A property agent, also widely referred to as a real estate agent, markets and sells property to a diverse client base. She traditionally deals in the sales of private homes but may also market commercial properties, such as retail business structures, office buildings, factories or apartment complexes. A significant number of property agents are self-employed and the remainder work for real estate agencies.
The success of a property agent often depends largely upon her ability to accurately assess her clients’ needs and present them with viable choices. This generally requires outstanding listening skills coupled with the ability to read between the lines and determine needs not clearly stated. She is normally required to be friendly while maintaining a professional relationship with her customers.
Since this is often one of the most important and financially significant events in people’s lives, they are often nervous and sometimes reluctant to reveal what they are looking for in a home. A thriving property agent is normally adept at quickly gaining the trust of her clients and motivating them to honestly share their hopes and goals with her. Gently appealing to the emotional side of people making a purchase important to their family’s security and happiness is an important character trait for a property agent.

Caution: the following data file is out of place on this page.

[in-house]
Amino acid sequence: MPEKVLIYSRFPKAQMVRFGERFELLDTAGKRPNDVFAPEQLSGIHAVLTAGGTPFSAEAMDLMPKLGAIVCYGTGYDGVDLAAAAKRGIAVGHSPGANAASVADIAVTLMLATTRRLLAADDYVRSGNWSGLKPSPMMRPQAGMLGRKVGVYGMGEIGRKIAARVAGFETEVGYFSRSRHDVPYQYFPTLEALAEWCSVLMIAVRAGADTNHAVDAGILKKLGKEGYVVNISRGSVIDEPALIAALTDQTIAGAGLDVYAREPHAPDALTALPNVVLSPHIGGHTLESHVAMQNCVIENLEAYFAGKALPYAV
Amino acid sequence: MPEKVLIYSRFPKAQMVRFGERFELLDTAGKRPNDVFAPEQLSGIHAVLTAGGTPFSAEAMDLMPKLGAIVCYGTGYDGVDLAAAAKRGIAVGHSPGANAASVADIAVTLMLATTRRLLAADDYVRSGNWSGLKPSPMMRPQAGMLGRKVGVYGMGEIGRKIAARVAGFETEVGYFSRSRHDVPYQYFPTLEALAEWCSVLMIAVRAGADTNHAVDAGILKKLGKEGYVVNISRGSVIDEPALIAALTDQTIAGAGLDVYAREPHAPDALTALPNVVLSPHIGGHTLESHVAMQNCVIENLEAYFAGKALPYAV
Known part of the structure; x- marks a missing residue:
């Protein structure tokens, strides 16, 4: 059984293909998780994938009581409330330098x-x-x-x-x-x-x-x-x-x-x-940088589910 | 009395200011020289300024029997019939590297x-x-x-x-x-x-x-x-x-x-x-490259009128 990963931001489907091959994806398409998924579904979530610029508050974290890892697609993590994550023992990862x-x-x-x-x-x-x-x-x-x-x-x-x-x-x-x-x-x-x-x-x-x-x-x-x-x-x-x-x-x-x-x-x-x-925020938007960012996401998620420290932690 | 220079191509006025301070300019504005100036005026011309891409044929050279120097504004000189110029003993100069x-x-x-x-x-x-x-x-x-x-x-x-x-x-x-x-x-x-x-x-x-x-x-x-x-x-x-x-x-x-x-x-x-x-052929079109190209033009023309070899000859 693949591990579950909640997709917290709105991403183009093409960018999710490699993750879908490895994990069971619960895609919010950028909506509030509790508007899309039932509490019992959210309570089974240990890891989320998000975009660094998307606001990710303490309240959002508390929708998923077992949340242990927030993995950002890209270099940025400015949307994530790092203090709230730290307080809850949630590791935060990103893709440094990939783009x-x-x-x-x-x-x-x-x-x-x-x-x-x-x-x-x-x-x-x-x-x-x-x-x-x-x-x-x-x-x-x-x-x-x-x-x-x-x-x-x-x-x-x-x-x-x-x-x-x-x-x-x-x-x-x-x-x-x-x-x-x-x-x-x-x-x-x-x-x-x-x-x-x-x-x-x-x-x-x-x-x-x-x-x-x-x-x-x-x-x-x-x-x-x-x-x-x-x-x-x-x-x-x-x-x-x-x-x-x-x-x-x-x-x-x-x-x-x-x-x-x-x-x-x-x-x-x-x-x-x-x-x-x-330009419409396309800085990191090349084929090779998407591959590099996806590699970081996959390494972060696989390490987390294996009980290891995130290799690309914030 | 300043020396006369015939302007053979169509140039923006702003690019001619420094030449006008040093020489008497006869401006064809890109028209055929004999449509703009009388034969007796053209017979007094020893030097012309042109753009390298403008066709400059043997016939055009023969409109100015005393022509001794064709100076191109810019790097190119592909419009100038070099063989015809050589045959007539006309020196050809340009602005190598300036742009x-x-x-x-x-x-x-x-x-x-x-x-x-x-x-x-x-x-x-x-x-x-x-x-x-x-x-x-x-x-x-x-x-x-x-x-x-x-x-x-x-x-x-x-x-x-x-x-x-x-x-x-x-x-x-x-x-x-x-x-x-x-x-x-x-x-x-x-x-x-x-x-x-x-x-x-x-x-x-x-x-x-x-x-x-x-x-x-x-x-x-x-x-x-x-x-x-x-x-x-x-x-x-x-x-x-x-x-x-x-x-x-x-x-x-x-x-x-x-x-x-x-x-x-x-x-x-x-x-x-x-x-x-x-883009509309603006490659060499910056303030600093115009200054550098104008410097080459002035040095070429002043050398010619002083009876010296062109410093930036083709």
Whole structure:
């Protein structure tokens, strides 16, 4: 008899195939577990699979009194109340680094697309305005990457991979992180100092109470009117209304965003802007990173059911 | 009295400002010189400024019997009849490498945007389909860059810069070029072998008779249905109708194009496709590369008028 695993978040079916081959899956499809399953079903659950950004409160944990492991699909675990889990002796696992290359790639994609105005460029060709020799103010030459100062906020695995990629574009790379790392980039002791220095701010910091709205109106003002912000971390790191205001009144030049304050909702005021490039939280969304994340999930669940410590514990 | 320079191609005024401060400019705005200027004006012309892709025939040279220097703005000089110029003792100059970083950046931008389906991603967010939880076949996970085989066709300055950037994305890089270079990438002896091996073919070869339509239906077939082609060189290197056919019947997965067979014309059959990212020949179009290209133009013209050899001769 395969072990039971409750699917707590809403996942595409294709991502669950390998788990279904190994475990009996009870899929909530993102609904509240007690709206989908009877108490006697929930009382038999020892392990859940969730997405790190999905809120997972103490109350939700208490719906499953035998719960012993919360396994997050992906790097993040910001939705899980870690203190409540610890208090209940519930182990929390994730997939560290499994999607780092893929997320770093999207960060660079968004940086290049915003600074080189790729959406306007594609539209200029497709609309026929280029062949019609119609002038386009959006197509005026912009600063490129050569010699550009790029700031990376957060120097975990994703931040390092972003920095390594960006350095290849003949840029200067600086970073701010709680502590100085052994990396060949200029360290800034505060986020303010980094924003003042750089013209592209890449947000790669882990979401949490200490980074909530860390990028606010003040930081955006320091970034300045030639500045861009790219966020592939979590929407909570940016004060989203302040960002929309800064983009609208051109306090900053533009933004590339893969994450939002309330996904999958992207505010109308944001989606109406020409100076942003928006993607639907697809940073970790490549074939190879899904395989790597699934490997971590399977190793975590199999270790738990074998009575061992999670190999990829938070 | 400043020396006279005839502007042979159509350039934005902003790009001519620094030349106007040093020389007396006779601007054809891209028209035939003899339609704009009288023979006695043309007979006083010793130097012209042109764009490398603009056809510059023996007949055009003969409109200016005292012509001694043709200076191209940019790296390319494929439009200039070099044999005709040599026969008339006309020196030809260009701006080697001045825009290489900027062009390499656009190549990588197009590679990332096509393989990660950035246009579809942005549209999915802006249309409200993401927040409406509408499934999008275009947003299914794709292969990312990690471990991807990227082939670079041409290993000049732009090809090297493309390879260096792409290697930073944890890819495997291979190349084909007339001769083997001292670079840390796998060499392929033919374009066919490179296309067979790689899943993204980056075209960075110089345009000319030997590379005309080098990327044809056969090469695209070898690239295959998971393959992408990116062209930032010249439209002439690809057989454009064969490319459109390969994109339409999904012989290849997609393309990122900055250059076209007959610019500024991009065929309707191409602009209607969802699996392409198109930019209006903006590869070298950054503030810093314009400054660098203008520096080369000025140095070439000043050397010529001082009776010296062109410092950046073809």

At the initial meeting with the proposed buyers, a property agent typically takes meticulous notes on the buyers’ needs. Her observations normally reflect the size of the family, the ages of the family members and what their daily needs include. She also makes sure she clearly understands the buyer preferences concerning square footage of the home, lot size and local amenities. Based on this information, along with the amount of down payment offered, preferred pricing and desired mortgage terms, an agent can adequately research what she can offer her clients.
Once she has narrowed her search to the best properties to meet their needs, which usually takes a day or two, she takes her clients to view the properties. The clients traditionally prefer to discuss their options in private and generally contact the property agent with their choices and questions in less than a week. Offers and counteroffers ensue with the seller and if amicable terms are reached, the sale is finalized.
There are normally no formal educational requirements to become a property agent. Most areas require agents to obtain a license to sell real estate. This process typically involves testing the applicant on knowledge of real estate practices and lending laws. Some regions require separate licenses to sell residential and commercial properties.